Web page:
41.6 F
Monday, September 21, 2020

    Forestry resources available as storm cleanup continues

    ISU Extension and Outreach
    ISU Extension and Outreach
    ISU Extension and Outreach reliable information about agriculture, 4H programs, food and nutrition, and family sciences. ISU Extension and Outreach has an office in Muscatine.

    Muscatine Living

    Pearl of Muscatine: Cheryl Plank

    Growing up in Muscatine in a large family of 13 children, Cheryl Plank has deep roots in...

    Back to School

    “You’re finally a Muskie, Dad!” declared my son Henry as I prepared to start my new job...

    First signs of fall

    At the first sight of orange or yellow in the tip top of my backyard tree, the...

    By Billy Beck–Iowa State University Extension and Outreach

    Learn how to safely clean up trees around the farm and in neighboring wooded areas and how careful forestry can prevent future tree damage.

    AMES, Iowa – As Iowans continue storm cleanup following the derecho, resources are available to help assess the damage to trees and keep equipment operators safe.

    “As safely as you can, get a really good assessment of the degree of damage, take notes and map it out,” said Billy Beck, assistant professor and extension forestry specialist with Iowa State University Extension and Outreach.

    Safety should come first, according to Beck, who said that storm-damaged trees can be especially dangerous.

    “Cutting trees and logging in general is dangerous, and now if you have trees that are twisted, entangled, or under pressure, it’s extremely dangerous,” he said.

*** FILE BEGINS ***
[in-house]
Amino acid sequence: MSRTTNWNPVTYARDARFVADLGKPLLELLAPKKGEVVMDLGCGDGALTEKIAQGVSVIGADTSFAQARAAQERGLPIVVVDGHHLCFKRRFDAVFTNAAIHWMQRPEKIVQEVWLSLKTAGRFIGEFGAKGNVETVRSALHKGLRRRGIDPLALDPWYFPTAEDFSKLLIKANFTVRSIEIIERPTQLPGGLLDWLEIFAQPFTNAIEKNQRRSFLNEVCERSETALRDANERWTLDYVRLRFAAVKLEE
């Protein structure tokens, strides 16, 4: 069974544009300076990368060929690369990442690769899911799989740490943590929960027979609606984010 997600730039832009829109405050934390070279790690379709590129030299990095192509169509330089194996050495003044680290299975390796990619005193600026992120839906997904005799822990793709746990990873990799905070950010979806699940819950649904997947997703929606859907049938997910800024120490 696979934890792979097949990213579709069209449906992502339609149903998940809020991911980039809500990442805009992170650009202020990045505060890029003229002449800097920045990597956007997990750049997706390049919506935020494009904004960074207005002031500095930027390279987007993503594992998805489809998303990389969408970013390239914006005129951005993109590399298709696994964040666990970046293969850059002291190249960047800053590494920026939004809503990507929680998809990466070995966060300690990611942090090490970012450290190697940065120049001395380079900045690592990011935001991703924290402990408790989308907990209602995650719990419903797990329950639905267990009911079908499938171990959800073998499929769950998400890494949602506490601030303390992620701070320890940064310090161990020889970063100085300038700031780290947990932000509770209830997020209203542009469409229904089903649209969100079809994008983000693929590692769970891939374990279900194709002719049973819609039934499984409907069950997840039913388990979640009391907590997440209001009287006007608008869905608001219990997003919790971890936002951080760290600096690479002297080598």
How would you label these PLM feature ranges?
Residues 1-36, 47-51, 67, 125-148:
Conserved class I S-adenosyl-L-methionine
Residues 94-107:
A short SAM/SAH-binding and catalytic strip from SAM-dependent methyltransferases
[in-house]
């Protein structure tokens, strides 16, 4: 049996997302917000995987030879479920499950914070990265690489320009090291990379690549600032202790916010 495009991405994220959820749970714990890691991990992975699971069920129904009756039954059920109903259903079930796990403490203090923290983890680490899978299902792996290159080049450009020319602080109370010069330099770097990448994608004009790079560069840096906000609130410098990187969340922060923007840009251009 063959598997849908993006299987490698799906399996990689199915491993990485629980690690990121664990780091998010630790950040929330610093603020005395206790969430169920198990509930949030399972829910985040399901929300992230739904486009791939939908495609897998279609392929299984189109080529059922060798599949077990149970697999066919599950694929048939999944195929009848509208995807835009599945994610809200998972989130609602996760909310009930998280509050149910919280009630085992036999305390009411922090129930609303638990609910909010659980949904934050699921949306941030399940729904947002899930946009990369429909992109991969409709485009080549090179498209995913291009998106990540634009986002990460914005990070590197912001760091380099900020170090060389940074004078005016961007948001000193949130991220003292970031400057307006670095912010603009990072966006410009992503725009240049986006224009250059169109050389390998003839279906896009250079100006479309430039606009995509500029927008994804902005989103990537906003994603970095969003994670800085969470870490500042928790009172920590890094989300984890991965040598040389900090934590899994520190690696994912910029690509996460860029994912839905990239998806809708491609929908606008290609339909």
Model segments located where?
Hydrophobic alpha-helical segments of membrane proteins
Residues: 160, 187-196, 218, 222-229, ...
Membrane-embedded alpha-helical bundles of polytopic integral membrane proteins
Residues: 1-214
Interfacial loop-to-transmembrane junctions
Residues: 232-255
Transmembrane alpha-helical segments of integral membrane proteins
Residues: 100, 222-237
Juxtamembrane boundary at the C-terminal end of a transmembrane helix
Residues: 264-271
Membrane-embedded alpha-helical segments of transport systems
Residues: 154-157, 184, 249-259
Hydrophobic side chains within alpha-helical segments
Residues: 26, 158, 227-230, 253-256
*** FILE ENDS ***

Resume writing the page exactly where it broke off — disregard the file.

Chain saw operators should wear the proper protective gear, which includes safety chaps and head, eye, and ear protection. The main thing is to “know your skill limit,” Beck said, and don’t be afraid to ask for help with a job that is more dangerous or that requires a professional.

    A certified arborist can provide consulting, pruning, and removal as needed. A statewide, county-level list of certified arborists is available.

    Those with forests may wish to contact a district forester with the Iowa Department of Natural Resources or a private industry forester.

    The Natural Resources Stewardship team with Iowa State University Extension and Outreach is compiling a list of resources to help.

    The list includes the extension article “Managing Storm Damaged Woodlands”, and the extension publication “Managing Storm-Damaged Trees in the Sustainable Urban Landscapes Series.

    It’s also important for Iowans to think ahead and find ways to prevent future tree-related storm damage. A lot of the damage from the Aug. 10 storm probably could have been prevented if damaged trees had been removed or properly pruned and if the trees were more diverse.

    In a blog post called “Derecho lessons regarding trees, windbreaks, and woodlands,” he offers advice on how to make trees and forests more resilient in the future, followed by additional storm recovery resources.

    If you believe your property has been damaged by trees, you should consult your insurance agent, as policies differ by individual and the type of property insured.

    For more information, Beck can be reached at 515-294-8837 or [email protected].

    Latest News

    Gov. Reynolds orders state flags at half-staff in honor of Associate Supreme Court Justice Ruth Bader Ginsburg

    This content provided by the Office of the Governor of Iowa, Kim Reynolds as a press release. Gov....

    Gov. Reynolds releases statement on the passing of Supreme Court Justice Ruth Bader Ginsburg

    This content provided by the Office of the Governor of Iowa, Kim Reynolds as a press release. Today, Gov. Kim Reynolds released the...

    Eulenspiegel holds drive in show in lieu of annual festival

    WEST LIBERTY, Iowa--In September, children in West Liberty have looked forward not only to the beginning of a new school year and...

    Barbecue birthday bash: Skinny’s marks one year in Muscatine

    MUSCATINE, Iowa--For Cord Kleist, working in the restaurant business continues a family tradition. His father, Mike Kleist, opened Boonies, where Cord Kleist...

    Retirement Resource Group adapts to keep serving families

    MUSCATINE, Iowa--Since 2009, Retirement Resource Group has worked to provide financial advice and services to Muscatine area residents. 10 years later, Retirement...

    More Articles Like This